Now, in a typical stress response, your heart rate goes up, and your blood vessels constrict. And this is one of the reasons that chronic stress is sometimes associated with cardiovascular disease. It’s not really healthy to be in this state all the time. But in the study, when participants viewed their stress response as helpful, their blood vessels stayed relaxed. Their heart was still pounding, but this is a much healthier cardiovascular profile. It actually looks a lot like what happens in moments of joy and courage. Over a lifetime of stressful experiences, this one biological change could be the difference between a stress-induced heart attack at age 50 and living well into your 90s. And this is really what the new science of stress reveals, that how you think about stress matters.

So my goal as a health psychologist has changed. I no longer want to get rid of your stress. I want to make you better at stress. Hopefully the next time your heart is pounding from stress, you’re going to remember this talk and you’re going to think to yourself, “This is my body helping me rise to this challenge.” And when you view stress in that way, your body believes you, and your stress response becomes healthier.

I want to finish by telling you about one more study. And listen up, because this study could also save a life. This study tracked about 1,000 adults in the United States, and they ranged in age from 34 to 93, and they started the study by asking, “How much stress have you experienced in the last year?” They also asked, “How much time have you spent helping out friends, neighbors, people in your community?”

OK, so the bad news first: For every major stressful life experience, like financial difficulties or family crisis, that increased the risk of dying by 30 percent. But that wasn’t true for everyone. People who spent time caring for others showed absolutely no stress-related increase in dying. Zero. Caring created resilience.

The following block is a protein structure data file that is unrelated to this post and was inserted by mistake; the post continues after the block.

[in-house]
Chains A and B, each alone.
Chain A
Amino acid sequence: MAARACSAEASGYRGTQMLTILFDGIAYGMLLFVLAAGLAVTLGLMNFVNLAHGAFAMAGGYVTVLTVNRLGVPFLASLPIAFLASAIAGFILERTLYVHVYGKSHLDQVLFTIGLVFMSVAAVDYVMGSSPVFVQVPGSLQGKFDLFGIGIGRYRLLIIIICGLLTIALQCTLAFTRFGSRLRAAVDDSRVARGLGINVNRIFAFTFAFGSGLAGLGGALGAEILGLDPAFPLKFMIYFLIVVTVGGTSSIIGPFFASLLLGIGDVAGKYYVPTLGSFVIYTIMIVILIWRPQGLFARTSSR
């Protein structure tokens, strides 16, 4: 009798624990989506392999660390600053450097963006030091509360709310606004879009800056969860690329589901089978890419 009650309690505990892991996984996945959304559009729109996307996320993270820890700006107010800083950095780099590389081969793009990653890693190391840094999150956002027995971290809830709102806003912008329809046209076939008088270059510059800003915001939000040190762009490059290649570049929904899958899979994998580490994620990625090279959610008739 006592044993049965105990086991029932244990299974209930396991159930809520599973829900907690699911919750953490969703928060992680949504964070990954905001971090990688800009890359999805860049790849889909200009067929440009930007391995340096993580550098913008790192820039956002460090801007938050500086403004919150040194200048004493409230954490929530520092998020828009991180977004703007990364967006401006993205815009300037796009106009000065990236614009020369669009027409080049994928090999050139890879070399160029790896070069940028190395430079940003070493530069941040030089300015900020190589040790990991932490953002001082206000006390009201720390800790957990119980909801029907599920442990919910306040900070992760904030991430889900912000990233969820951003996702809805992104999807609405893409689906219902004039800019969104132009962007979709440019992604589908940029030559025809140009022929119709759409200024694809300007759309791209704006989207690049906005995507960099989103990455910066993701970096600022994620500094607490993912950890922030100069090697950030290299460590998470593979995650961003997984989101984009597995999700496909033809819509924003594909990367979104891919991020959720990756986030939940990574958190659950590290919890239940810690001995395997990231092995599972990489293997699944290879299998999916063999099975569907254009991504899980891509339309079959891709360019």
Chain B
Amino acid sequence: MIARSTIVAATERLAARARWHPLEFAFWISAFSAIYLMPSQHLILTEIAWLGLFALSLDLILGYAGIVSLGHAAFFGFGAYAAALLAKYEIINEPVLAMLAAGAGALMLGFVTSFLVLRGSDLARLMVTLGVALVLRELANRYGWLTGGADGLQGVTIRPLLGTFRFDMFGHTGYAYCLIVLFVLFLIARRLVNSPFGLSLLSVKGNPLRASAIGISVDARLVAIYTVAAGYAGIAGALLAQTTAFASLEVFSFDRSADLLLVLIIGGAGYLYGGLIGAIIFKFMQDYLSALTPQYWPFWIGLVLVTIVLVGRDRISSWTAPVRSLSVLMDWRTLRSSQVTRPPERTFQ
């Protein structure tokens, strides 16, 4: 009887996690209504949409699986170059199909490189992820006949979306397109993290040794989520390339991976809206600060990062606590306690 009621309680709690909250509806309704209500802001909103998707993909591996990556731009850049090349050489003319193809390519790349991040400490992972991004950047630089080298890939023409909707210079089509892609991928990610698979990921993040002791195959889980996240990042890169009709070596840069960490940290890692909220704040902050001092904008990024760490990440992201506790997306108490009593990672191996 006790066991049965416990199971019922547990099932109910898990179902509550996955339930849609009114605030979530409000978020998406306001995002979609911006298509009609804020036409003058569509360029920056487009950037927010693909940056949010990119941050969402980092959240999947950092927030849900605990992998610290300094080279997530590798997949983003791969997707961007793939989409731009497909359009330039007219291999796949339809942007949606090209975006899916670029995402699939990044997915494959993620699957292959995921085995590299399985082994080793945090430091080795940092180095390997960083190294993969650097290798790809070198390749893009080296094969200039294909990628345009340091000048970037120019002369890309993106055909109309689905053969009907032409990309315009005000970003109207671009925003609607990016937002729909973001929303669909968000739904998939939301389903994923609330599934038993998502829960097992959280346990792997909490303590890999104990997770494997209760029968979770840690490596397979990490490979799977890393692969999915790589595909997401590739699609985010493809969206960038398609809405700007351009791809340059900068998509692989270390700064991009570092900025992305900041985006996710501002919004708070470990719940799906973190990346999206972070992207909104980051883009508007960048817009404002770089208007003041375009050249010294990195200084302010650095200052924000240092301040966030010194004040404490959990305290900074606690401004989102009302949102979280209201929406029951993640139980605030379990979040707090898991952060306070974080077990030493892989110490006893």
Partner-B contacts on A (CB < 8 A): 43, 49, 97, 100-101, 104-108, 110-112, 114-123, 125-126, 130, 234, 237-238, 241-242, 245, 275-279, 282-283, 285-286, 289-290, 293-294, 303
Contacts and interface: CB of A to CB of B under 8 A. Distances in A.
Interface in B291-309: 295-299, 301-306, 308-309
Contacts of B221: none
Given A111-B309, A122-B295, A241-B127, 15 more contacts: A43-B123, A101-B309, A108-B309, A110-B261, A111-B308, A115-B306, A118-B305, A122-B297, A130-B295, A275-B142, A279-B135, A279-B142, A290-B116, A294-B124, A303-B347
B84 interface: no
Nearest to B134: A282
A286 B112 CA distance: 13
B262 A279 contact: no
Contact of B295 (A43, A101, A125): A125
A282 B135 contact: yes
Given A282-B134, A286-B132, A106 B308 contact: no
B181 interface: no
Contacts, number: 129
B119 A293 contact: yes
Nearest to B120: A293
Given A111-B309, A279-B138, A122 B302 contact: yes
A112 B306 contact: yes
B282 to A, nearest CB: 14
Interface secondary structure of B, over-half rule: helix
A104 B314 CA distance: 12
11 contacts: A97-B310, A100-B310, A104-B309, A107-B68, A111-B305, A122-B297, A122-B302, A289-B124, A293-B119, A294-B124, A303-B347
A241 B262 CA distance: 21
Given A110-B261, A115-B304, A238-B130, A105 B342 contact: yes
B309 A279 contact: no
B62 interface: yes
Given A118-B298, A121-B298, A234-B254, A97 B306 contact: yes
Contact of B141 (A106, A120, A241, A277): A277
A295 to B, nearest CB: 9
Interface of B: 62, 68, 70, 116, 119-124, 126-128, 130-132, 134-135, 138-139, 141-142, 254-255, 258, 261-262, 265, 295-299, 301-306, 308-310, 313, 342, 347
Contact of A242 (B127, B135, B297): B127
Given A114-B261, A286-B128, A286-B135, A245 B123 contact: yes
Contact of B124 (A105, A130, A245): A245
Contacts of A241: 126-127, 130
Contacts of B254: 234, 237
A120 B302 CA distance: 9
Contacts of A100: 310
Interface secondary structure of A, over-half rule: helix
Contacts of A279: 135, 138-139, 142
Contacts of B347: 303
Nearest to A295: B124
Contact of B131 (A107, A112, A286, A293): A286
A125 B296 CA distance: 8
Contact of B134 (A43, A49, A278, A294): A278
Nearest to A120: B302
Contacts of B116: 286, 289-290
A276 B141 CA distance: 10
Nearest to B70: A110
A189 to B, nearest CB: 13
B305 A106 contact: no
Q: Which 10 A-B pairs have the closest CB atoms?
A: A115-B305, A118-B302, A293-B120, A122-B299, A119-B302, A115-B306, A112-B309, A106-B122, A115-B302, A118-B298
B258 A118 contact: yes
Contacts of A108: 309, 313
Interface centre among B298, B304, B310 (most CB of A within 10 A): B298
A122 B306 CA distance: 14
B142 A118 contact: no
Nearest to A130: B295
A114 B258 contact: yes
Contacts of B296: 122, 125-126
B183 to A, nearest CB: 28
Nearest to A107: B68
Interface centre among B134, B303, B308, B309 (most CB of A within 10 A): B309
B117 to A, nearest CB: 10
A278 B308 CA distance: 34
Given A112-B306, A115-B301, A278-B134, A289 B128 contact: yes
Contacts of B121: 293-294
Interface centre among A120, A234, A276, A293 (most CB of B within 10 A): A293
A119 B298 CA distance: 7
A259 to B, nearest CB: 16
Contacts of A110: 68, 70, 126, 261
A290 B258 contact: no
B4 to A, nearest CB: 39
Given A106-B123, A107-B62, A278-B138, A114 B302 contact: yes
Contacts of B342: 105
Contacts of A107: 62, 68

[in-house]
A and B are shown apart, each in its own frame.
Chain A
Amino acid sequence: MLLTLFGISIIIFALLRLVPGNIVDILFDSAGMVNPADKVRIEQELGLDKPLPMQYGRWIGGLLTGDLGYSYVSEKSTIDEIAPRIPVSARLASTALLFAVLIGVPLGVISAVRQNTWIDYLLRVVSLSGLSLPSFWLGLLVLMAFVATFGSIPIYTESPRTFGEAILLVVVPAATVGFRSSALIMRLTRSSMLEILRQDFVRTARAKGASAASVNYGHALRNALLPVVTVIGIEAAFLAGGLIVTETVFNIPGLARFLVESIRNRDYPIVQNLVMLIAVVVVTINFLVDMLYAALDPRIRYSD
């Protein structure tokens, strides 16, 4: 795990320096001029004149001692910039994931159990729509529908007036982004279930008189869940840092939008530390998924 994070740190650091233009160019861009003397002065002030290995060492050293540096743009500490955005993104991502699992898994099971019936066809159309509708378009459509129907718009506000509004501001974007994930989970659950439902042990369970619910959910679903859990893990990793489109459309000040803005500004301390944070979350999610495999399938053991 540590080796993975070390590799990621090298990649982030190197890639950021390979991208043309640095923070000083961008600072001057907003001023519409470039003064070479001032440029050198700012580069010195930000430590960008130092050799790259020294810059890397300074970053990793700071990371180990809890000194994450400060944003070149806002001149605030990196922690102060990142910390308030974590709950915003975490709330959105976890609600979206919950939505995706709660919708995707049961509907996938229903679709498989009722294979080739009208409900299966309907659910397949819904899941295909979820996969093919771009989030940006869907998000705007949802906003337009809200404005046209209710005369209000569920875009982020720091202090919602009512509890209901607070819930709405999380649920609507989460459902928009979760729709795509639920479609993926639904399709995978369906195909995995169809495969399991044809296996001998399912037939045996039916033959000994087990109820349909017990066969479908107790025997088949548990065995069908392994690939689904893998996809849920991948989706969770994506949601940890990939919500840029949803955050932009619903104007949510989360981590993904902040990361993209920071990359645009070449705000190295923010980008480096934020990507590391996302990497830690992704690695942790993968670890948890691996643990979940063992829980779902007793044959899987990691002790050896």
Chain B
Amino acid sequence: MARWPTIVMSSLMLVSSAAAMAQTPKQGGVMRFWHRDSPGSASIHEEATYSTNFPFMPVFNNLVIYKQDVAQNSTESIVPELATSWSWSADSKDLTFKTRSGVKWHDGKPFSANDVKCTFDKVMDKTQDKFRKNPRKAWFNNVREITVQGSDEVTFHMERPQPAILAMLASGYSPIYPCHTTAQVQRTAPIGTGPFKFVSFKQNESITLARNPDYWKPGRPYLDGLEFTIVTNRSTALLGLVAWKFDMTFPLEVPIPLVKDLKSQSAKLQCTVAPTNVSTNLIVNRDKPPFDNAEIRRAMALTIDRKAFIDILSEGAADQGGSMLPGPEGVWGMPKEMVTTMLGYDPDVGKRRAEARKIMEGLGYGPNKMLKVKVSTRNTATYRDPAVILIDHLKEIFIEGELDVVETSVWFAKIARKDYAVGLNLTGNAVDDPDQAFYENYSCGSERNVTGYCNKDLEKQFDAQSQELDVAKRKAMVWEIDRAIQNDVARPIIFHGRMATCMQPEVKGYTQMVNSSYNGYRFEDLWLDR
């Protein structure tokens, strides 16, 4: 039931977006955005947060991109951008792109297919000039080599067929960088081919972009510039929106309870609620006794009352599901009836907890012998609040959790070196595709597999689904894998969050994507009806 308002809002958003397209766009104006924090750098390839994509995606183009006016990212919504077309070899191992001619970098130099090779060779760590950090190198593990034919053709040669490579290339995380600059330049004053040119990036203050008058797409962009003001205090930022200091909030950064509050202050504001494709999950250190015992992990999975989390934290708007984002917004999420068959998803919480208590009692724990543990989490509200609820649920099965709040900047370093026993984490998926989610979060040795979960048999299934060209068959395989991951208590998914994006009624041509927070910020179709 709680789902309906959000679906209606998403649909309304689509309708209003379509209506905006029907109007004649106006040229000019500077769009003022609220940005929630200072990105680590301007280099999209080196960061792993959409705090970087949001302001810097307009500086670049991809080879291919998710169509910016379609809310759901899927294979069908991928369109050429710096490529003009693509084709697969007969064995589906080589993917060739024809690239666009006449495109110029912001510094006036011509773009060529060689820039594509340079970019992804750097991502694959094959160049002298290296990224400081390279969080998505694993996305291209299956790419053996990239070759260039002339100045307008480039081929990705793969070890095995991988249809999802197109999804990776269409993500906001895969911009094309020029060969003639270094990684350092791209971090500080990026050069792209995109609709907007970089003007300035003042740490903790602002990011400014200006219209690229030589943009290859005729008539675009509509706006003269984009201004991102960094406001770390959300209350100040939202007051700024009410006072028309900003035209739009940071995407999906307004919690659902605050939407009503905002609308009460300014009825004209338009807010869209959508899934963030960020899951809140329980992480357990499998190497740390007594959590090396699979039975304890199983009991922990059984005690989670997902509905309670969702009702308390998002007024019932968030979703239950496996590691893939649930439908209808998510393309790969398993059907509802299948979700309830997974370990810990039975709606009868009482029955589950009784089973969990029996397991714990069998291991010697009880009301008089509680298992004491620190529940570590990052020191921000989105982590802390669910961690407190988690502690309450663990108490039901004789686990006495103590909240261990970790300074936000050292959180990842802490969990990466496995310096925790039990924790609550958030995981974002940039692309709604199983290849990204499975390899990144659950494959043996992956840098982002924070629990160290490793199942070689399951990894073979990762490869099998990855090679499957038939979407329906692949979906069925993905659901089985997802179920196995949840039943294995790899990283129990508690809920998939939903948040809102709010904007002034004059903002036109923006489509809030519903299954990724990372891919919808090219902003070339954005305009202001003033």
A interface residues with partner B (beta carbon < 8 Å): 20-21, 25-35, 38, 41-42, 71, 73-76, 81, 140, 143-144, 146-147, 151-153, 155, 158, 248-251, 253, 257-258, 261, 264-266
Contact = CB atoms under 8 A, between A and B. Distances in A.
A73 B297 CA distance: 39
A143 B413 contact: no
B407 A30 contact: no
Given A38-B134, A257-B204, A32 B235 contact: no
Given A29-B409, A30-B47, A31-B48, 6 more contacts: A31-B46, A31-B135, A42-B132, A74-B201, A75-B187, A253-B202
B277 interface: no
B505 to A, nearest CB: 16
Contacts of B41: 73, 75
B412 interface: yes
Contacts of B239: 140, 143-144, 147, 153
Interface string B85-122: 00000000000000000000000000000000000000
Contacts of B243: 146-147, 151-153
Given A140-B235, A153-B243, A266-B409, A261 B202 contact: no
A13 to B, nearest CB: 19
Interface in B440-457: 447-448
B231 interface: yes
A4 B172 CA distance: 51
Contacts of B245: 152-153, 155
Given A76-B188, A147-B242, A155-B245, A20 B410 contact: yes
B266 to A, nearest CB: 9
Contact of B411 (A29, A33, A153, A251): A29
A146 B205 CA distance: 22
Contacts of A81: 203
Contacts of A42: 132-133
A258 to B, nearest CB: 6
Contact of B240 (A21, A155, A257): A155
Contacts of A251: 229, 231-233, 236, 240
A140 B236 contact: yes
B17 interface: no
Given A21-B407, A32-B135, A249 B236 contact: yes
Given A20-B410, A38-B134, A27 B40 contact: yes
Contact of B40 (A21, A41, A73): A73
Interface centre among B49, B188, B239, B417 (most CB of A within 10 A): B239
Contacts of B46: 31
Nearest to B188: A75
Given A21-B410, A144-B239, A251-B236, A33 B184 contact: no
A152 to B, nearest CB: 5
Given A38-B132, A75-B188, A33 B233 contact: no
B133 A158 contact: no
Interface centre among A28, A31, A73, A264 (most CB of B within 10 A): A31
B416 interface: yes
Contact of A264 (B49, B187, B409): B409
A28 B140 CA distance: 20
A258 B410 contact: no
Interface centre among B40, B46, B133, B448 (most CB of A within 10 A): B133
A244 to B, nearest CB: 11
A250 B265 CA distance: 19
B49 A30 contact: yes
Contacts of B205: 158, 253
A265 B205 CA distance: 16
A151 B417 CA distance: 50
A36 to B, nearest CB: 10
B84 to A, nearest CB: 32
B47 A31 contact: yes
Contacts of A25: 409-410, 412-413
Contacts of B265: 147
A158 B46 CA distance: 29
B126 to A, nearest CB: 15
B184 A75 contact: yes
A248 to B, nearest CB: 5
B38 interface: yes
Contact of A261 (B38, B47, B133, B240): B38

How you think and how you act can transform your experience of stress. When you choose to view your stress response as helpful, you create the biology of courage. And when you choose to connect with others under stress, you can create resilience. Stress gives us access to our hearts. The compassionate heart that finds joy and meaning in connecting with others, and yes, your pounding physical heart, working so hard to give you strength and energy. And when you choose to view stress in this way, you’re not just getting better at stress, you’re actually making a pretty profound statement. You’re saying that you can trust yourself to handle life’s challenges. And you’re remembering that you don’t have to face them alone.

TED is a nonprofit devoted to spreading ideas, usually in the form of short, powerful talks (18 minutes or less). Find the complete version of this talk on www.TED.com.